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Oil prices rose more than 1% on Friday and posted sharp weekly gains after OPEC and its allies agreed to deepen output cuts by 500,000 barrels per day in early 2020.

The additional cuts by the Organization of the Petroleum Exporting Countries and other major producers including Russia – a grouping known as OPEC+ – will last throughout the first quarter. The group will meet again in early March for an extraordinary meeting to set its policy.

Brent futures settled 1.6% higher at $64.38 per barrel and rose about 3% on the week.

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West Texas Intermediate oil futures rose 1.3% to $59.20 a barrel. They climbed about 7% on the week, their biggest rise since June, after the U.S. government data on Wednesday showed domestic crude stockpiles falling for the first time in six weeks.

The OPEC+ cuts next year are in addition to the group’s previous agreed curbs of 1.2 million bpd and will represent about 1.7% of global oil output.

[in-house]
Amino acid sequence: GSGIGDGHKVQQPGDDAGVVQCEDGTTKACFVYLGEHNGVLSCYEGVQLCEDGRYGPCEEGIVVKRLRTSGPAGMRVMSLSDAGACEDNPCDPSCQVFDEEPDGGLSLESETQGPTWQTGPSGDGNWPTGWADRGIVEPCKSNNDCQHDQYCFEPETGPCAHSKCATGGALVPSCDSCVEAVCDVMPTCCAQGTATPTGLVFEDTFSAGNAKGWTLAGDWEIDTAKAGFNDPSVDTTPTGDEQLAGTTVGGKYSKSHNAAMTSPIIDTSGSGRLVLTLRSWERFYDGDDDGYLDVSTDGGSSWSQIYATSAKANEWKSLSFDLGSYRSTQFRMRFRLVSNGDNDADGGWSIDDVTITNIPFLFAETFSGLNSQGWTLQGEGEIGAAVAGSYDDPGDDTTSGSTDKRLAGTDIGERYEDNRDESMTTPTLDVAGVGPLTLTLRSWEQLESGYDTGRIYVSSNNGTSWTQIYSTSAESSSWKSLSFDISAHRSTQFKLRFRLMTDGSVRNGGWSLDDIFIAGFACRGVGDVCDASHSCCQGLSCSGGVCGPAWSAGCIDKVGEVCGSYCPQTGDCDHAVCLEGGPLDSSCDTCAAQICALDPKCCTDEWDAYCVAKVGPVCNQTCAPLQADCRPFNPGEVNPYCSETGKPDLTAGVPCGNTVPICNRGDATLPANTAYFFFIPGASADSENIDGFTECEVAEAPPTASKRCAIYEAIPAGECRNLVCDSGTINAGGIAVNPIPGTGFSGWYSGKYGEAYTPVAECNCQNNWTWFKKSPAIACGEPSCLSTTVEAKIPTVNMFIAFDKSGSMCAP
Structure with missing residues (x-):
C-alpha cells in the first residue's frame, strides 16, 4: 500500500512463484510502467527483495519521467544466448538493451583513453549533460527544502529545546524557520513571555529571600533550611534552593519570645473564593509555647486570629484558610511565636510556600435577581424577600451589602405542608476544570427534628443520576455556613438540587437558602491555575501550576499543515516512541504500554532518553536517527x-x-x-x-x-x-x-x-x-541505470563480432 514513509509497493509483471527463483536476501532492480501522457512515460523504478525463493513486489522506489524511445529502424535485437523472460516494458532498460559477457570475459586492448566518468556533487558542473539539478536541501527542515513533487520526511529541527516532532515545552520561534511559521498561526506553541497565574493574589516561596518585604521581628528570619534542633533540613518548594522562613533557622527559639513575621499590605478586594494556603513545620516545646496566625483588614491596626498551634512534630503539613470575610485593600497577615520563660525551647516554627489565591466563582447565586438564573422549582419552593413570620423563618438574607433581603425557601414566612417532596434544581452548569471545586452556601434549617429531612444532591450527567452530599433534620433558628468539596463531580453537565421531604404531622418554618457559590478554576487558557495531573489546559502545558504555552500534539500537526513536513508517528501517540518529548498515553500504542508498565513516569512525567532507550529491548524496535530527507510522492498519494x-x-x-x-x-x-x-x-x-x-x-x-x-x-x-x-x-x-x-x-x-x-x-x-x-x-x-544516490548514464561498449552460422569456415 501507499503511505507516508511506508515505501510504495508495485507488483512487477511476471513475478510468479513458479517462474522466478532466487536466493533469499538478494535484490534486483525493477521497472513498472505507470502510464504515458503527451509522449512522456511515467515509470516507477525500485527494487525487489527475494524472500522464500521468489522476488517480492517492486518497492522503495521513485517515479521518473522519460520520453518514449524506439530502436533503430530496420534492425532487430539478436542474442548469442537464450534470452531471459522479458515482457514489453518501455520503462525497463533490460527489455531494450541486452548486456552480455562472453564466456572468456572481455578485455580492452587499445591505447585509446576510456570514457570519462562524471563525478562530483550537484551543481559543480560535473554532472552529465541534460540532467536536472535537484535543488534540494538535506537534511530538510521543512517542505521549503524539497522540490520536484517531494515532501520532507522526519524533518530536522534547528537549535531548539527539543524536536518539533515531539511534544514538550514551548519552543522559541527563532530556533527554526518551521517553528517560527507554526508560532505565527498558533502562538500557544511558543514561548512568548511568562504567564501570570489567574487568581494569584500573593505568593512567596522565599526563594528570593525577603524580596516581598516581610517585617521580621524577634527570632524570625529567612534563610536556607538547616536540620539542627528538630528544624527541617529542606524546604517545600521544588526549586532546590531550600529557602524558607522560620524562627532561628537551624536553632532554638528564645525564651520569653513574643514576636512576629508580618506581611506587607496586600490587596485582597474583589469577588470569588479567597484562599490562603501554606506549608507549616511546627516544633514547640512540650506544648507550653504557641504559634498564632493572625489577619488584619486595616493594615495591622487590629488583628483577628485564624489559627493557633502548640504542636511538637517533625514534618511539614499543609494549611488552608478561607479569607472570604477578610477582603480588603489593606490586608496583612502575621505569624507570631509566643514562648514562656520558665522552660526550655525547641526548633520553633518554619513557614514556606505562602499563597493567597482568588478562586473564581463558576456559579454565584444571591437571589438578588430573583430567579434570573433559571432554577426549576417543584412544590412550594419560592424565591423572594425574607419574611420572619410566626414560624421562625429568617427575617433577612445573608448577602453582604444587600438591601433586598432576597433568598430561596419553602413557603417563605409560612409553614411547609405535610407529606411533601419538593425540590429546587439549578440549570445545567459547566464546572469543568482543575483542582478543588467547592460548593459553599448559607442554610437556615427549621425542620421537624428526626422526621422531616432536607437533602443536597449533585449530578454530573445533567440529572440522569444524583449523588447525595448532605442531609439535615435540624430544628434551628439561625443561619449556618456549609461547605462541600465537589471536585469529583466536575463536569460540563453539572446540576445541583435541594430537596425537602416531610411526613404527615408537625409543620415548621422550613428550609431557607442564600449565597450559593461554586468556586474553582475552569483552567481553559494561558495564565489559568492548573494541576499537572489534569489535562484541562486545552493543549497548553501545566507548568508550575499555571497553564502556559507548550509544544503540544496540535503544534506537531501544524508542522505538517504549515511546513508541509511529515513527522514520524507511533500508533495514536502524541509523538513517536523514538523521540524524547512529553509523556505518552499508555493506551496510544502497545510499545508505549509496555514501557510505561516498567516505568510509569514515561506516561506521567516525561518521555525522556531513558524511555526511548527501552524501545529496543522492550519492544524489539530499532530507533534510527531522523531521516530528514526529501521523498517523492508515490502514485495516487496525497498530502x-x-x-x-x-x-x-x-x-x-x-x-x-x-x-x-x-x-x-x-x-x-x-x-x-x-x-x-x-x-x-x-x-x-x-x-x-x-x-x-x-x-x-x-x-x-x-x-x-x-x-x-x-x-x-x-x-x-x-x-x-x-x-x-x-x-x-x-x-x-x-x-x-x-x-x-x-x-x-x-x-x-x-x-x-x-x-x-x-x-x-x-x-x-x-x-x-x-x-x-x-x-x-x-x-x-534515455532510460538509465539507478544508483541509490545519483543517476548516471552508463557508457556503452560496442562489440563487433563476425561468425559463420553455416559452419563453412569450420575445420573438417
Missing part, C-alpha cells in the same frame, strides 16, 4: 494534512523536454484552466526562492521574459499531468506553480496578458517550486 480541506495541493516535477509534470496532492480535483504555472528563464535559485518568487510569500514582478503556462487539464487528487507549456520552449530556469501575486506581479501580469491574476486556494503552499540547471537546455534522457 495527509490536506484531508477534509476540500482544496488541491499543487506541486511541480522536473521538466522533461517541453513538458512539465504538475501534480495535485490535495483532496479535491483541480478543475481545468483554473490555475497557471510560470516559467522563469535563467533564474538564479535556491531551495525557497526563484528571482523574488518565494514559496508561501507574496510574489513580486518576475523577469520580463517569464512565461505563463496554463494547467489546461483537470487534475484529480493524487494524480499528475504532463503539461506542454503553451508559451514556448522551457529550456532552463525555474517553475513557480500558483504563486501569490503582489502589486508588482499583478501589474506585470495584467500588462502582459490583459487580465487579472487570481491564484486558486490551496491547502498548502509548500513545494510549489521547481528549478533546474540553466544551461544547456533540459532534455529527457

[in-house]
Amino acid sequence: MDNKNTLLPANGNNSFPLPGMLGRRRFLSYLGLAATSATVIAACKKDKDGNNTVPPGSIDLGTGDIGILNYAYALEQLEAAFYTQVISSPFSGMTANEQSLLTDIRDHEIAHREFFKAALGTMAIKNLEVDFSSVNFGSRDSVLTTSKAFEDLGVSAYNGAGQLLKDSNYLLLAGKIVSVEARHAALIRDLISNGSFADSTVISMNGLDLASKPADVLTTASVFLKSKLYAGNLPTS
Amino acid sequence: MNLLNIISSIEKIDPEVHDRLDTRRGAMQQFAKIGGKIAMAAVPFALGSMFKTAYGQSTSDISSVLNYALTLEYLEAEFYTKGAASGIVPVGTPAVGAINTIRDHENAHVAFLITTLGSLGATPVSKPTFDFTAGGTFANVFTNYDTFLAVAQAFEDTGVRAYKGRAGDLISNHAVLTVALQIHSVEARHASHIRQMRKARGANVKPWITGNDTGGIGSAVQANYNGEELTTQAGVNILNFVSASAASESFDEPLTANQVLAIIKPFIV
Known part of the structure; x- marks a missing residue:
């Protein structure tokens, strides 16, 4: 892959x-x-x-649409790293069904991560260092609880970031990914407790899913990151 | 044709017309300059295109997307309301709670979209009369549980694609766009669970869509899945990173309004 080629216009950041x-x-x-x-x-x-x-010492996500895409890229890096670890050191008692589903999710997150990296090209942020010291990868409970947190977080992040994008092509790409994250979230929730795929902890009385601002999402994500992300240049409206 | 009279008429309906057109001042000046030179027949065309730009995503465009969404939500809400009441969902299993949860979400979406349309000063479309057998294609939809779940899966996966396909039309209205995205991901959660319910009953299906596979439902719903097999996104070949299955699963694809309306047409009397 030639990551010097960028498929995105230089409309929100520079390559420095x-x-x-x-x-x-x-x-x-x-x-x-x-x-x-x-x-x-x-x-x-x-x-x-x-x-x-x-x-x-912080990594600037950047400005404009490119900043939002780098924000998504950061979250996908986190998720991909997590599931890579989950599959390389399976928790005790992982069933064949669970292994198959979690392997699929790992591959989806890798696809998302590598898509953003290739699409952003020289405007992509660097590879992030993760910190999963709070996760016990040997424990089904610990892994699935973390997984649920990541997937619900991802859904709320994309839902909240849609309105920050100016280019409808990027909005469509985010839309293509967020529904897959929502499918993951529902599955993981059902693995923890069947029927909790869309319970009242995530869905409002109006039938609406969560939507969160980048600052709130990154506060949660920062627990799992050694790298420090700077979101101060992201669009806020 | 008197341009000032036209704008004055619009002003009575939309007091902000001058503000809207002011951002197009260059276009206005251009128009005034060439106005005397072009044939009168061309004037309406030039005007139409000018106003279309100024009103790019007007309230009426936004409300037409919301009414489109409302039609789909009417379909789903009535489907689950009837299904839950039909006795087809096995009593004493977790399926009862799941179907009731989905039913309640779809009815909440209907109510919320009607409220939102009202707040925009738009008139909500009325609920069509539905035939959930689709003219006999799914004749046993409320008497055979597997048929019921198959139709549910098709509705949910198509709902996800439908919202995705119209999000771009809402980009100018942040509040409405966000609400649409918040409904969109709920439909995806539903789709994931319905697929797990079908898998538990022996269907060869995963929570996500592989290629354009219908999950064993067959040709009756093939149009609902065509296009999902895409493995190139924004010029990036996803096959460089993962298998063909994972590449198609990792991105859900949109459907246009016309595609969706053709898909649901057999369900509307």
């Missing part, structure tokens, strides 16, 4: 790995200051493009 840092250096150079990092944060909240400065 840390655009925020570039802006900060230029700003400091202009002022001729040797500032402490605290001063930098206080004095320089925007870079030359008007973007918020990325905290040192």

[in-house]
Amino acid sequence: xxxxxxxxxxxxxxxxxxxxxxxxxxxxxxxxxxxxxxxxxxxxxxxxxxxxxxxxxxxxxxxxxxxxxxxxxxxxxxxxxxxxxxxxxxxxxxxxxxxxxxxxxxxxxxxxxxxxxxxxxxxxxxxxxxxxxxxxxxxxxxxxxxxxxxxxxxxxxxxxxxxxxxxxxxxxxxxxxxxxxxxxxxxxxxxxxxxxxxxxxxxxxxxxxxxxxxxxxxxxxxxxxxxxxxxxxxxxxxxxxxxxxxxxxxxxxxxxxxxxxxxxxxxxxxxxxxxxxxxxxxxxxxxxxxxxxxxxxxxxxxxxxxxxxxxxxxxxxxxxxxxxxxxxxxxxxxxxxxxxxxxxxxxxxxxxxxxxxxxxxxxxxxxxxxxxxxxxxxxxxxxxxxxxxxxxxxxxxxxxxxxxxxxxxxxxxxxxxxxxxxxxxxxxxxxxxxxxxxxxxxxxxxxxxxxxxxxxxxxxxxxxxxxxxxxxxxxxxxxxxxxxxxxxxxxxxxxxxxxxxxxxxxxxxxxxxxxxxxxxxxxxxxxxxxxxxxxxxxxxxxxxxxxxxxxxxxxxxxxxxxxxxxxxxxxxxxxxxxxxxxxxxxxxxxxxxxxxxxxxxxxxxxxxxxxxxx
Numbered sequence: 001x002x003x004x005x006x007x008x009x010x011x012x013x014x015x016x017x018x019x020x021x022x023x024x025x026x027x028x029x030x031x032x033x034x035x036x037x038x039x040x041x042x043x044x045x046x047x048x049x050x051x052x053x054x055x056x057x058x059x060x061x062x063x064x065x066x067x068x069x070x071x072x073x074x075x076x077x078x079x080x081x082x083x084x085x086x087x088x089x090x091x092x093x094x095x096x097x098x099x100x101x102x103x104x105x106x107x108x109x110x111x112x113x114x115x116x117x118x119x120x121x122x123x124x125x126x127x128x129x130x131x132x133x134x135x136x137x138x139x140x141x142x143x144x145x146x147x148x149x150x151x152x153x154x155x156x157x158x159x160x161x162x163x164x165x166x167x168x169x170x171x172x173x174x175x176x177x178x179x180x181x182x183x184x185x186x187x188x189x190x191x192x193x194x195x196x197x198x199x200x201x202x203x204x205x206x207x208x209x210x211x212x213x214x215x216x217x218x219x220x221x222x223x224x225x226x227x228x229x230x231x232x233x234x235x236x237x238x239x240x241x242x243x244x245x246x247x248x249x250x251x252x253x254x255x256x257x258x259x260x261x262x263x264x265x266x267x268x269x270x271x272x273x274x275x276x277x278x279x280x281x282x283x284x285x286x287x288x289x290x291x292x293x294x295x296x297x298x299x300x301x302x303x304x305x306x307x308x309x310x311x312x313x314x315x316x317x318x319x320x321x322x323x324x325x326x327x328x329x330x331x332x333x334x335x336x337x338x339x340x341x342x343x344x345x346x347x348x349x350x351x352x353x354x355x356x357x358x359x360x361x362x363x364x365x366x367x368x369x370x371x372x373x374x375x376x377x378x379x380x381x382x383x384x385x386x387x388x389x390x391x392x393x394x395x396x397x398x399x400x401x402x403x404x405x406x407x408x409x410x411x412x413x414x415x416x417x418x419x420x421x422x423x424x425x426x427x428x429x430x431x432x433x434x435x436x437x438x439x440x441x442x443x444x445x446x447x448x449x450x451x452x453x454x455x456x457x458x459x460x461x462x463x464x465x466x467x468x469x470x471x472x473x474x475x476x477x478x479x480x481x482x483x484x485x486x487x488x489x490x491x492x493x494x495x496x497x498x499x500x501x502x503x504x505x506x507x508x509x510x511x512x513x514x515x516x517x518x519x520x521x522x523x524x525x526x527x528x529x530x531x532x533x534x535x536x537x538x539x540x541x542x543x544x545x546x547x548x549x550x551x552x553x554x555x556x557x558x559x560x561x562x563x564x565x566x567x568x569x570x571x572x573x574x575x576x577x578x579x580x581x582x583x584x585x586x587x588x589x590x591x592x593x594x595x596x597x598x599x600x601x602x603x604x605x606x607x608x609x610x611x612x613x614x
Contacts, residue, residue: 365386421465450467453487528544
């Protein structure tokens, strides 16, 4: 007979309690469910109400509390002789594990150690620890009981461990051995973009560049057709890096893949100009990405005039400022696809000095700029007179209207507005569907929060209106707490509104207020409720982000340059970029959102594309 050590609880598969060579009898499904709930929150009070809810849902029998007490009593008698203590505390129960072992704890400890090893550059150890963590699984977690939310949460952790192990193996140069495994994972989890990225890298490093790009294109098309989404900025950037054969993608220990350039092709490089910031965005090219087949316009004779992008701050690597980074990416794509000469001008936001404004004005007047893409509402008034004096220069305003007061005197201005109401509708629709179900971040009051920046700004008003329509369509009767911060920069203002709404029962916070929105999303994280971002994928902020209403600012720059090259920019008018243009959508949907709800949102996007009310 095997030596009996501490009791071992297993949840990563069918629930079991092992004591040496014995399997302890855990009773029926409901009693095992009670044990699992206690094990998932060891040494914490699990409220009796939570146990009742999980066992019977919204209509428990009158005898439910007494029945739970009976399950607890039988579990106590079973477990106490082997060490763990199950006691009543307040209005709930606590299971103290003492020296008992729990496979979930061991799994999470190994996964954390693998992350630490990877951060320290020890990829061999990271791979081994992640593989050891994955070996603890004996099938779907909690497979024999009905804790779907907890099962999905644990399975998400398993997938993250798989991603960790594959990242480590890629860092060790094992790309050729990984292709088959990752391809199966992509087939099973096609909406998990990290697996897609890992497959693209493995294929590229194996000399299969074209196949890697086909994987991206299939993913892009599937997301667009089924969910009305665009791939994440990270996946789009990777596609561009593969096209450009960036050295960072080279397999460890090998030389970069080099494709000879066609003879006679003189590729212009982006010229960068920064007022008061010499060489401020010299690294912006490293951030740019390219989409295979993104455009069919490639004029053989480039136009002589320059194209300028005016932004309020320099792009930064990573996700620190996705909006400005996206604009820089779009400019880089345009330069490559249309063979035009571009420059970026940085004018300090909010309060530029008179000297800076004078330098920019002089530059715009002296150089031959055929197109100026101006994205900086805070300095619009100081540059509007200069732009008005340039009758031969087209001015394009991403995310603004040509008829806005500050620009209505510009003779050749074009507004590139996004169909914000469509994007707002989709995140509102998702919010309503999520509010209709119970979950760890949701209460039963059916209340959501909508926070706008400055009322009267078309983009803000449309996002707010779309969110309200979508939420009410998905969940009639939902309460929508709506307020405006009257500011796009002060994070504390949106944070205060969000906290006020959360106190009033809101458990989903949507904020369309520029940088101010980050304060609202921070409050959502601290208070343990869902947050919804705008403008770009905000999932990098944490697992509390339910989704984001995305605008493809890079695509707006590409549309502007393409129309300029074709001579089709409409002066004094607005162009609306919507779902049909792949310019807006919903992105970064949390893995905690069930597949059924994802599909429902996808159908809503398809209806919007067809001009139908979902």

OPEC will shoulder around two thirds of the additional cuts.

Saudi Energy Minister Prince Abdulaziz bin Salman said the kingdom, the world’s largest oil exporter and OPEC’s defacto leader, would continue a voluntary cut of 400,000 bpd.

He added that after improved compliance from other members, the actual cut will be effectively 2.1 million bpd.

“The Saudis did a good job of setting expectations that they could have additional cuts,” said Bob Yawger, director of futures at Mizuho in New York.

Fears of a global crude glut were partially allayed by the suggestions that Saudi Arabia could cut back its own production further, he said.

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Any price gains from the OPEC+ cut are likely to benefit American producers not party to any supply curbing agreement. U.S. drillers have been breaking production records even as they have cut the number of oil rigs in operation for 12 straight months, boosting the United States to the top world producer spot.

“North American shale supply will continue growing even in an environment with lower oil prices,” Rystad Energy said in a note.

Higher oil prices are also supporting the initial public offering of Saudi Arabia’s state-owned oil company, Saudi Aramco, which priced its shares on Thursday at the top of an indicated range.

The sale was the world’s biggest IPO, beating Alibaba Group Holdings’ $25 billion listing in 2014, but fell short of a $2 trillion valuation for Aramco sought by Saudi Crown Prince Mohammed bin Salman.

Foreign investors stayed away and the sale was restricted to Saudi individuals and regional investors.

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